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New report lists steps to improved energy efficiency in commercial property

A new independent report warns UK businesses are missing out on huge economic and environmental benefits of improved energy efficiency, and identifies numerous real and perceived barriers to widespread take up. The report authors say Government must act urgently to help businesses improve their facility energy efficiency and call on the Coalition to improve finance options for small and medium enterprises (SMEs).

Commercial buildings account for 10% of the UK’s carbon emissions and offer a huge amount of potential for carbon savings and increased energy efficiency.

The new report, entitled: ‘Building Efficiency: Reducing energy demand in the commercial sector‘ published jointly by the Westminster Sustainable Business Forum and Carbon Connect, argues significant benefits of taking action in helping UK firms undertake energy efficiency improvements – namely reduced energy bills, increased competitiveness and improved worker productivity.

The report follows a six-month, cross-party inquiry chaired by Conservative MP Oliver Colvile and Labour’s Lord Whitty and makes over a dozen recommendations for policy change, including calling on government to:

  • Use the Green Investment Bank to fund a commercial subsidiary of The Green Deal Finance Company, under guarantee from HM Treasury, to offer low interest loans to SMEs to stimulate the market for energy efficiency.
  • Launch national and ‘street by street’ awareness raising campaigns to communicate more fully the easy availability of Government-backed loans for energy efficiency measures via the non-domestic Green Deal scheme.
  • Use Local Enterprise Partnerships (LEPs) to help drive roll-out of energy efficiency measures amongst local businesses, by putting clearer guidance and instruction in future LEP funding streams;
  • Improve awareness of energy efficiency measures in UK boardrooms by forcing senior company executives to sign off the ESOS Assessor’s final report of a company’s energy efficiency performance;
  • Compile a comprehensive database of UK commercial buildings based on their energy efficiency, in order to provide a performance benchmark and help foster a culture of awareness and competition;
  • Clampdown on commercial landlords failing to meet minimum energy efficiency standards by increasing financial penalties for those failing to produce Energy Performance Certificates and Display Energy Certificates for their buildings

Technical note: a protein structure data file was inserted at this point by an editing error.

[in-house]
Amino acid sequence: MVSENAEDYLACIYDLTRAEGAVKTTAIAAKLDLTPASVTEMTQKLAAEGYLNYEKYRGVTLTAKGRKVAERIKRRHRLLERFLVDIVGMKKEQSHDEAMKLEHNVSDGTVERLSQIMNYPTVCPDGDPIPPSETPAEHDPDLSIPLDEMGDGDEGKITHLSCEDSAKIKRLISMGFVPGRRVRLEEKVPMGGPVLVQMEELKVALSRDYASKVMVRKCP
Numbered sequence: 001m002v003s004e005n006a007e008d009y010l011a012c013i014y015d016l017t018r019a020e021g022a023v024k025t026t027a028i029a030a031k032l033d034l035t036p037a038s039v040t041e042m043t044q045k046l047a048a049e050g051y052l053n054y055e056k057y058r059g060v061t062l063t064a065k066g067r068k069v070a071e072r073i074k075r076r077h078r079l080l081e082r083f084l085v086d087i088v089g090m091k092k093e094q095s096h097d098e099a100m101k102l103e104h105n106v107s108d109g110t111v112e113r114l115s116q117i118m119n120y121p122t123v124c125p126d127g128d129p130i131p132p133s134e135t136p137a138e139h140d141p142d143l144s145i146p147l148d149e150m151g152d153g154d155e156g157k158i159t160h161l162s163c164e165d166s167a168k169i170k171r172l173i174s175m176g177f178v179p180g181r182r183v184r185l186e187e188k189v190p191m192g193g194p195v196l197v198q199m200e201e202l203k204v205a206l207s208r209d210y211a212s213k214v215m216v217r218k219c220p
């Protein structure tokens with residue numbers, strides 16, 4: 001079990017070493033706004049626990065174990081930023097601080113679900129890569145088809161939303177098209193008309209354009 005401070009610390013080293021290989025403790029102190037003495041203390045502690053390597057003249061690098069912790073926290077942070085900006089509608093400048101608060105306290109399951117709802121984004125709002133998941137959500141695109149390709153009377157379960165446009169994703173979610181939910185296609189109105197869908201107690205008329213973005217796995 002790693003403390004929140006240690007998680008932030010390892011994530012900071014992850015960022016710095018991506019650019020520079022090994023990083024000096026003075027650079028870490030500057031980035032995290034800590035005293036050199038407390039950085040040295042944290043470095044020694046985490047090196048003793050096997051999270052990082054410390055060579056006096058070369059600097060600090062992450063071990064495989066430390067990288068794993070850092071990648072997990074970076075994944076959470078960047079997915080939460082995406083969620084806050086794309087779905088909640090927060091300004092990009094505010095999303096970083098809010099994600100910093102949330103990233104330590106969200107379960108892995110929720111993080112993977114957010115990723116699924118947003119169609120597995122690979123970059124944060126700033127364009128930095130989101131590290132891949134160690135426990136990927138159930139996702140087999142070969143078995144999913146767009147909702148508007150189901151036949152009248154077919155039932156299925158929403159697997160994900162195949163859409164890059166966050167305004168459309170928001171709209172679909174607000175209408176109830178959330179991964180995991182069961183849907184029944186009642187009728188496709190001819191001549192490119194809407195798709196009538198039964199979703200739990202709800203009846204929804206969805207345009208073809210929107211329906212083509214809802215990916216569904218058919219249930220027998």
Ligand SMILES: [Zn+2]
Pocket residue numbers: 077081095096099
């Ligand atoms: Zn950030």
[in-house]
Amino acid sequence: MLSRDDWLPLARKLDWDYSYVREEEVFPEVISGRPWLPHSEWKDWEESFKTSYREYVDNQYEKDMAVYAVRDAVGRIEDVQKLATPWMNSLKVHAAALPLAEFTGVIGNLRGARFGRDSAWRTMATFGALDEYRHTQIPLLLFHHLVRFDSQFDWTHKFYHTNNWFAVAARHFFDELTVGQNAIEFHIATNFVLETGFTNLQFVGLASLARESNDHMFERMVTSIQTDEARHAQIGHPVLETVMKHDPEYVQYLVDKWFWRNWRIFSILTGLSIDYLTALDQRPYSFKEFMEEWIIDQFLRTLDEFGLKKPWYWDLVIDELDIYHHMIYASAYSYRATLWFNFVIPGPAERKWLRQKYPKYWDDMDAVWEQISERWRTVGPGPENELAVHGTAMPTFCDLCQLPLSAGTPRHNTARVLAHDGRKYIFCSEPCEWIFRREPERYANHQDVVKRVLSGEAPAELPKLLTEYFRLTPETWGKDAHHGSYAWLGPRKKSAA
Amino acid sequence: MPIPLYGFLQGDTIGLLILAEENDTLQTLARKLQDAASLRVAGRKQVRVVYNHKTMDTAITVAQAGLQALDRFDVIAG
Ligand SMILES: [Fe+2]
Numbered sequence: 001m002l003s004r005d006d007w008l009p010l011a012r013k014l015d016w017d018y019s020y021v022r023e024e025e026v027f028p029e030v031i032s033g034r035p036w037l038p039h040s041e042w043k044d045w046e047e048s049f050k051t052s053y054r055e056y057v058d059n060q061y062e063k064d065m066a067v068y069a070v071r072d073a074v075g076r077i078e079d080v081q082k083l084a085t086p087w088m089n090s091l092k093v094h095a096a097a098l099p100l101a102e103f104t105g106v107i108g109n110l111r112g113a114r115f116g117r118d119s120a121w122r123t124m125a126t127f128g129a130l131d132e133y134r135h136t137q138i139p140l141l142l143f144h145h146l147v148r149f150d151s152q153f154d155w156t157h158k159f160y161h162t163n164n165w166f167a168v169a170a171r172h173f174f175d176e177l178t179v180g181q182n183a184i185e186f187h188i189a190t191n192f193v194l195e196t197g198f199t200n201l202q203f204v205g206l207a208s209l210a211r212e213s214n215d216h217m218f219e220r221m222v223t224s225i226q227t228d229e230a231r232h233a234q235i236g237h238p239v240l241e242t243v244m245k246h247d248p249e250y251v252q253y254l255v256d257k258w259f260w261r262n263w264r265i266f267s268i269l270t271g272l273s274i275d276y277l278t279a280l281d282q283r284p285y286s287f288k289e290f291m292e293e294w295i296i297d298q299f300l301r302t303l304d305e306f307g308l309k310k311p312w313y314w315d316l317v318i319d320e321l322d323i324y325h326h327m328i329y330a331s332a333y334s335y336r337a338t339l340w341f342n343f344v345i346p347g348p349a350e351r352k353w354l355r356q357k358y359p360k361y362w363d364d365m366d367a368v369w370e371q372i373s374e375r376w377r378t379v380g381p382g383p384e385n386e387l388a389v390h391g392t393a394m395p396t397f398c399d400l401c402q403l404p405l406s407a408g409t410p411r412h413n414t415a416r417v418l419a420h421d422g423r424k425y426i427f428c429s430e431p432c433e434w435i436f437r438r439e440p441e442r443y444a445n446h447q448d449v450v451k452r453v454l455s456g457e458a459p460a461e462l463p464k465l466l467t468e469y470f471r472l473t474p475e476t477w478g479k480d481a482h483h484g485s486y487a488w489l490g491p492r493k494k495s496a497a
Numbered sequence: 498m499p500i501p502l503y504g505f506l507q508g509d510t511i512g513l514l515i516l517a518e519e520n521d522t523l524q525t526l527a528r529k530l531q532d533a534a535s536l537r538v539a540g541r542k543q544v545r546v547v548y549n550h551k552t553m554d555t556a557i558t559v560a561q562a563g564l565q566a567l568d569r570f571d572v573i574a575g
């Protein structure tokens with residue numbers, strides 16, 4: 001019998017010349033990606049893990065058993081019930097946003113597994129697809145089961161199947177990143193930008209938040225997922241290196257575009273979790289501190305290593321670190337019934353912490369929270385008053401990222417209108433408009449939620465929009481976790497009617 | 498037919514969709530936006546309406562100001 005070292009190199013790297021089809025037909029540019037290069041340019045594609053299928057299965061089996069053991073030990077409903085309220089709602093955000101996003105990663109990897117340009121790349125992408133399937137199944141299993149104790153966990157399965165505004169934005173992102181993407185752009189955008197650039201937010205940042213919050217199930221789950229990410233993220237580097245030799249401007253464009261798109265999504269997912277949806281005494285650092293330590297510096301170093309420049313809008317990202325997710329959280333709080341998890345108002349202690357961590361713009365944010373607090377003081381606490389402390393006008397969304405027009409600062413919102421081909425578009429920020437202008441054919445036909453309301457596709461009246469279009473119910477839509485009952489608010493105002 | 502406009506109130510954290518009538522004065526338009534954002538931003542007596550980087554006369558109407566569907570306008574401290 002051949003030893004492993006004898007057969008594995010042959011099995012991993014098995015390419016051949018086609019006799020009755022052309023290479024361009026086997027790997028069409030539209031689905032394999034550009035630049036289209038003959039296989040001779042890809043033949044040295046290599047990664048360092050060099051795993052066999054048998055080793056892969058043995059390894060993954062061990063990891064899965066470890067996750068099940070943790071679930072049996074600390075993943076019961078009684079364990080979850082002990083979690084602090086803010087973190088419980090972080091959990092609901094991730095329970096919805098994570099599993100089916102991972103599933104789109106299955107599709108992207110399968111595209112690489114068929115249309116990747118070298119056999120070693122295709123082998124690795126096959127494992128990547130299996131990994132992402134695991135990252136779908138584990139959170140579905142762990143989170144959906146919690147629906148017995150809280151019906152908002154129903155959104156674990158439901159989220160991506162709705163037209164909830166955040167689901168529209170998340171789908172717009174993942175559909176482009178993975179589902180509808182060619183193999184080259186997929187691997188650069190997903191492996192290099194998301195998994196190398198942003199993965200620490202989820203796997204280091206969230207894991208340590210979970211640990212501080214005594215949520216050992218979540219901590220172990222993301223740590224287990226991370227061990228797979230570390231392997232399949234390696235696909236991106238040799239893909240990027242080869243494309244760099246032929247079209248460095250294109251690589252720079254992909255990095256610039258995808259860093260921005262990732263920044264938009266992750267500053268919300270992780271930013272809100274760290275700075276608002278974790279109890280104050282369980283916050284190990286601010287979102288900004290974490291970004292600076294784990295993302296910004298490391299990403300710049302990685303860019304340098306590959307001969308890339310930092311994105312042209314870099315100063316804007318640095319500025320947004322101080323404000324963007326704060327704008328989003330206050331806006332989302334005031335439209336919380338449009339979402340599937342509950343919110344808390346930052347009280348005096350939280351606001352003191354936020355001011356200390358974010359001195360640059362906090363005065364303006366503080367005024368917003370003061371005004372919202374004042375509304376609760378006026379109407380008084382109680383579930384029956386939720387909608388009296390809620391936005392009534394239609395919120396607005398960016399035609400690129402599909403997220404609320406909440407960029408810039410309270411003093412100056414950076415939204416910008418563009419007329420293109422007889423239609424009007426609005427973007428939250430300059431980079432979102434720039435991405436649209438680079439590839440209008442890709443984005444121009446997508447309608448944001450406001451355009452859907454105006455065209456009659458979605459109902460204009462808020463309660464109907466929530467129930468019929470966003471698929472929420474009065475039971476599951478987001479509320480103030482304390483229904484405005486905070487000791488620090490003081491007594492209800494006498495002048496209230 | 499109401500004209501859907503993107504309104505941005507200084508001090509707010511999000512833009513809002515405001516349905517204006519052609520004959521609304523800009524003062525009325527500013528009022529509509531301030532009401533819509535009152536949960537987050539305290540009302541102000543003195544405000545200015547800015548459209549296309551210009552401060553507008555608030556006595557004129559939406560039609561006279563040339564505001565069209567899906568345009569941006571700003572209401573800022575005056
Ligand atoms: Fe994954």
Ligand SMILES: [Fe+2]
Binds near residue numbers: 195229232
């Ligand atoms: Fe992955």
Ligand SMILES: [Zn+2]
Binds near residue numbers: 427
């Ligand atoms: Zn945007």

• Help landlords make improvements by extending to 12 months the length of time a landlord can receive empty property rate relief from Local Authorities – providing energy efficiency improvements are being made.

Speaking ahead of the report’s publication, inquiry co-chair Oliver Colvile MP, said:

“The need to increase the resilience of our businesses against the threat of climate change, and energy price volatility could not be greater. The obvious cost savings, coupled with improved productivity that can be realised from energy efficiency, makes it quite clear that now is the time to invest on a large scale. To do that requires government intervention – to raise awareness, guarantee low cost loans, stimulate the market and incentivise the landlords. This report lays out clearly how that can be achieved quickly and cost effectively.”

The British Property Federation today welcomed the launch of the report. Liz Peace, Chief Executive of the British Property Federation, said at the report’s Westminster launch:

“There is a lot to be gained from focusing on energy efficiency in a non-domestic environment. New buildings are becoming more and more energy efficient, but as only around 2% of commercial buildings are replaced each year we believe there should be greater emphasis on energy saving initiatives targeted at existing properties.”

The trade body offered up its own recommendations in light of the ensuing debate, including a four-point plan for government to improve energy efficiency in the commercial sector.

  • Getting Energy Performance Certificates right;
  • Introducing Minimum Energy Performance Standards in a sensible way;
  • Gathering good, comprehensive data with common metrics for measuring energy efficiency;
  • Offering financial support to help businesses implement energy efficiency measures.






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